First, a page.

In Hart & Hart v Large  EWHC 985 (TCC), the High Court has handed down importance guidance on the scope of a property surveyor’s duty when advising a prospective buyer. The surveyor was not negligent for advising the prospective purchasers to obtain a RICS Homebuyer inspection and report instead of a full Building Survey (for a property which later transpired to have serious issues with water ingress and damp, that ultimately required extensive remedial works).
However, the Court awarded damages of circa £400,000 for the difference in value of the property given that the surveyor failed to highlight the limitations of his inspection and failed to recommend that the prospective purchasers obtain a Professional Consultant’s Certificate.
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The claimants claimed damages from the defendant surveyor arising out of alleged negligence in surveying and valuing a residential property situated in a hill-top location in Devon. The surveyor was instructed to examine the property before the claimants purchased it. The surveyor Mr Large suggested that he produce a Home Buyer’s Report, which suggestion was accepted by the prospective purchasers.
A Home Buyer’s Report is based on a thorough visual inspection of the property. Tests for damp are also likely to be carried out. If the visual inspection reveals matters that require further specialist investigation then this will be drawn to a buyer’s attention.
On the 2nd November 2011, Mr. Large attended at the property. There was only one condition rating 3/red light item, which was in respect of drainage. There was only one condition rating 2/amber light item, which was in respect of the rainwater pipes and gutters. After receiving Mr Large’s report, the Claimants purchased the house for £1.2m.
Following the purchase, it became very evident that there were many issues with water ingress and damp, that ultimately required fairly extensive remedial works. The surveyor made no reference to these issues in his report.
It was the claimants’ case that Mr Large was negligent at the outset in failing to advise that the Harts should commission a “building survey” rather than a HomeBuyer Report. The Court agreed the surveyor should have advised that a Building Survey should be carried out. However, his Lordship found that different surveyors’ opinions could differ and, applying the Bolam test, this particular allegation of negligence failed on the evidence.
However, the surveyor was found to be negligent for failing to highlight the damp and water ingress and other poor workmanship issues at the property:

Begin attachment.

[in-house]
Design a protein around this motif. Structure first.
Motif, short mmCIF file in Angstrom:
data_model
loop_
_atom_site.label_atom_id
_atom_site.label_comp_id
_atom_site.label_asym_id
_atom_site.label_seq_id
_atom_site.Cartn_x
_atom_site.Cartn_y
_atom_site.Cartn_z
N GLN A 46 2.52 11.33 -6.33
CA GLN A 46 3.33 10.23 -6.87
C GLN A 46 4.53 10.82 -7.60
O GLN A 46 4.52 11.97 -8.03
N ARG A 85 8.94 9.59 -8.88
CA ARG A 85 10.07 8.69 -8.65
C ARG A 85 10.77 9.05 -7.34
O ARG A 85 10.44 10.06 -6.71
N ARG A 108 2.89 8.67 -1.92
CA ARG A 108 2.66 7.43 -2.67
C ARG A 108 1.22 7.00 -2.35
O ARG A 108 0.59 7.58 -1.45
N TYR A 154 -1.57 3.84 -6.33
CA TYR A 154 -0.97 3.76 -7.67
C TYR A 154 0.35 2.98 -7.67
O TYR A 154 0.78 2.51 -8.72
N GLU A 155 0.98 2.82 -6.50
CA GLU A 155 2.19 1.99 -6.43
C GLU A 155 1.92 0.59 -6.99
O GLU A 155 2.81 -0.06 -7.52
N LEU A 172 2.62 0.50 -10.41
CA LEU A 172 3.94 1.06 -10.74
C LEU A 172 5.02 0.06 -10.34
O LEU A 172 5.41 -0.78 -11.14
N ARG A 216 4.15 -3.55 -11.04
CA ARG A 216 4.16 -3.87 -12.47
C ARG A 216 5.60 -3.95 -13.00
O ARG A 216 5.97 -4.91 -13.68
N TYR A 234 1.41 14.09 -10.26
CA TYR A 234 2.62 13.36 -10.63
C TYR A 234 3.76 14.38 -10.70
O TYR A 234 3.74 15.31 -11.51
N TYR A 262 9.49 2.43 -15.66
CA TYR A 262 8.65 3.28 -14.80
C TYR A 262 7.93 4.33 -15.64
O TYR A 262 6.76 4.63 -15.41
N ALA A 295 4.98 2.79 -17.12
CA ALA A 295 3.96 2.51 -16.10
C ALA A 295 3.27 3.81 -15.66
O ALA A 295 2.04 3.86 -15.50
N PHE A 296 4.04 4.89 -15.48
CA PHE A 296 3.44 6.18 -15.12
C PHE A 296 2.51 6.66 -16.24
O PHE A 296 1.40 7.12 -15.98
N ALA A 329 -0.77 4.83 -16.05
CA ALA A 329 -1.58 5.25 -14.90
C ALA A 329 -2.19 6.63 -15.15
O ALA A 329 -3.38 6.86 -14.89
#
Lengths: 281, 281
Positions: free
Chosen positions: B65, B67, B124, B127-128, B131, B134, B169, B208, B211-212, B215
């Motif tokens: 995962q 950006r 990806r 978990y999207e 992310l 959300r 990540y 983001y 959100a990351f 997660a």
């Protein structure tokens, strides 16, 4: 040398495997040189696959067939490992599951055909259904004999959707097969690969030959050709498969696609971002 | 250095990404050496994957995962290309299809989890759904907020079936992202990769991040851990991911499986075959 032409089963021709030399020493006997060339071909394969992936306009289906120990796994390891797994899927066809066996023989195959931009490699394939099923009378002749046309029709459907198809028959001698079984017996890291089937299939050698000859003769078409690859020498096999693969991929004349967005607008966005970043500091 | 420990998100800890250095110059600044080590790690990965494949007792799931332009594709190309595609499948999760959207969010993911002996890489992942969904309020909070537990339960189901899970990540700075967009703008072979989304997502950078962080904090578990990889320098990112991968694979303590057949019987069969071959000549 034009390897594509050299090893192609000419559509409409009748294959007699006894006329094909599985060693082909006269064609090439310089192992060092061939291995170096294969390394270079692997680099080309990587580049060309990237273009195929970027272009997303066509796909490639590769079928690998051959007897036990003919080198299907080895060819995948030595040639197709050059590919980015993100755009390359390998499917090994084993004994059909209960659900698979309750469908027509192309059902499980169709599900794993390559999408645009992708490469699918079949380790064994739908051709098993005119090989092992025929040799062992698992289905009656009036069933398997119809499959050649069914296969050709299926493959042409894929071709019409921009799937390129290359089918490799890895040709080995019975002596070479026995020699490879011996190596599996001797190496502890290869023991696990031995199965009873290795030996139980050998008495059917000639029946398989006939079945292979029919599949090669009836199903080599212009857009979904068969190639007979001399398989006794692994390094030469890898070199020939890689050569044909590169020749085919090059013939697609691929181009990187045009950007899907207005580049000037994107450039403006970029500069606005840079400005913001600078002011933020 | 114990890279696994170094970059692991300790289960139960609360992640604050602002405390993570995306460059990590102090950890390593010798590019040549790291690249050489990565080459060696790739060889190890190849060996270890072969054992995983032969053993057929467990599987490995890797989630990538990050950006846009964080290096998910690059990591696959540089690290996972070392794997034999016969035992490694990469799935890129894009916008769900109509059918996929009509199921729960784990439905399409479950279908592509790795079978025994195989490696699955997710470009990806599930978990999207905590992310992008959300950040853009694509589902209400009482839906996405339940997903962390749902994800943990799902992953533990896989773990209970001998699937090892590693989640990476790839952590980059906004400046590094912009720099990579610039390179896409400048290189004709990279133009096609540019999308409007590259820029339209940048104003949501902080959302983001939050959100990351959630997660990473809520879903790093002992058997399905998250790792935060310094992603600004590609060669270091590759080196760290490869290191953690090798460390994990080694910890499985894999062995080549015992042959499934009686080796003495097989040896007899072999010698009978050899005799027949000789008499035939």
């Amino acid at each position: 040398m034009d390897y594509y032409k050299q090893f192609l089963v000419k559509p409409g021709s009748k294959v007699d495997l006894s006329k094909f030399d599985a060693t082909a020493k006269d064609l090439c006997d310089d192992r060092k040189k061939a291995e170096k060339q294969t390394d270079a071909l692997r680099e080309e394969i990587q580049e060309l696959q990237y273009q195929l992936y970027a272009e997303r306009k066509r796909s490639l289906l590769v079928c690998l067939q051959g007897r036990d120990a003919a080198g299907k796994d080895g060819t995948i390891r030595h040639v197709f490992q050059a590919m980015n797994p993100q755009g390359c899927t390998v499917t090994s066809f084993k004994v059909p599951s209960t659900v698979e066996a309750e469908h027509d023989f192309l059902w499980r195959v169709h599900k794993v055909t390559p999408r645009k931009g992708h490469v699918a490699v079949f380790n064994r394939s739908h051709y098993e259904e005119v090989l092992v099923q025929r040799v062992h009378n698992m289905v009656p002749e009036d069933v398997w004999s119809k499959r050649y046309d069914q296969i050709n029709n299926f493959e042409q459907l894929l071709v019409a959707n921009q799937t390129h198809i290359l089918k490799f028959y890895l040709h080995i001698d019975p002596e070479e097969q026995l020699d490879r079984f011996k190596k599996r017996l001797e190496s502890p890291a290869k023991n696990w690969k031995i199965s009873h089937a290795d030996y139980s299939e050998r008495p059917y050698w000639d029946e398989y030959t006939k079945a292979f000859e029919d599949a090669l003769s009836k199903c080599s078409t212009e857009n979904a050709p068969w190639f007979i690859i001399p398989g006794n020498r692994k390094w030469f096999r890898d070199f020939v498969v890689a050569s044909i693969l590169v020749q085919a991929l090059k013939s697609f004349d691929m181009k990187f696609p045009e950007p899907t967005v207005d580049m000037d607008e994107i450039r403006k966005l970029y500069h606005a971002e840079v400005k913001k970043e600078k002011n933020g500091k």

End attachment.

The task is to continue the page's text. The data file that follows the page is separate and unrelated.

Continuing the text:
Further in my view, given the difficulties which faced Mr Large in reporting upon a newly redeveloped house, he should have been alert to some of the signs of sloppy workmanship which were there to be seen and to which he should have drawn attention, or given greater emphasis:
(1) In the latter category, giving greater emphasis, it seems to me that he dealt somewhat lightly with the fact that the front door of this newly redeveloped property was binding.
(2) In the first category were the defects relating to the falls on the window cills, the two roofing defects and in addition obviously poor workmanship in the laying of a terrace.
All of these should have merited some mention or more emphatic mention in his report.Hart & Hart v Large  EWHC 985 (TCC)
Download the High Court Judgment
Complaint about a RICS surveyor or valuer?
Property experts such as surveyors are highly trained and regulated by the Royal Institution of Chartered Surveyors (RICS). The RICS holds itself out as promoting and enforcing the highest international standards across the built and natural environment.
Conveyancers, if they are legally trained, will be regulated by the Solicitor’s Regulation Authority (SRA).
In order to bring a complaint against a property expert, then you must prove that the professional fell below the standard of care.
How much compensation can I get if my RICS surveyor has been negligent?
If it can be proved that the surveyor owed a duty of care, the surveyor by act or omission breached this duty, and the breach caused loss to you, then you have a claim for damages. The courts usually measure damages in a surveyor’s negligence case as the difference between the price paid by the buyer of the property and what the market value of the property actually was.
Examples of Surveyor Negligence
The following are examples of cases where a surveyor has fallen below the standard of care:
- Failure to inspect a property accurately: for example a surveyor may fail to discover latent defects such as dry rot, woodworm, a leak or defects in the underlying structure of the property.
- Failure to identify a subsidence issue: if a survey report is requested then the identification of subsidence is a key aspect of the report. If it can be shown that a surveyor exercising the due care and skill expected in the profession would have discovered the issue and the property would not have been purchased if the subsidence was known about in the pre-contractual searches stage, then you may be able to claim compensation.
- Over-valuation of a property: if a valuation report transpires to be over-valued and you have purchased the property at above the market rate, then you may have a claim for damages against the surveyor.
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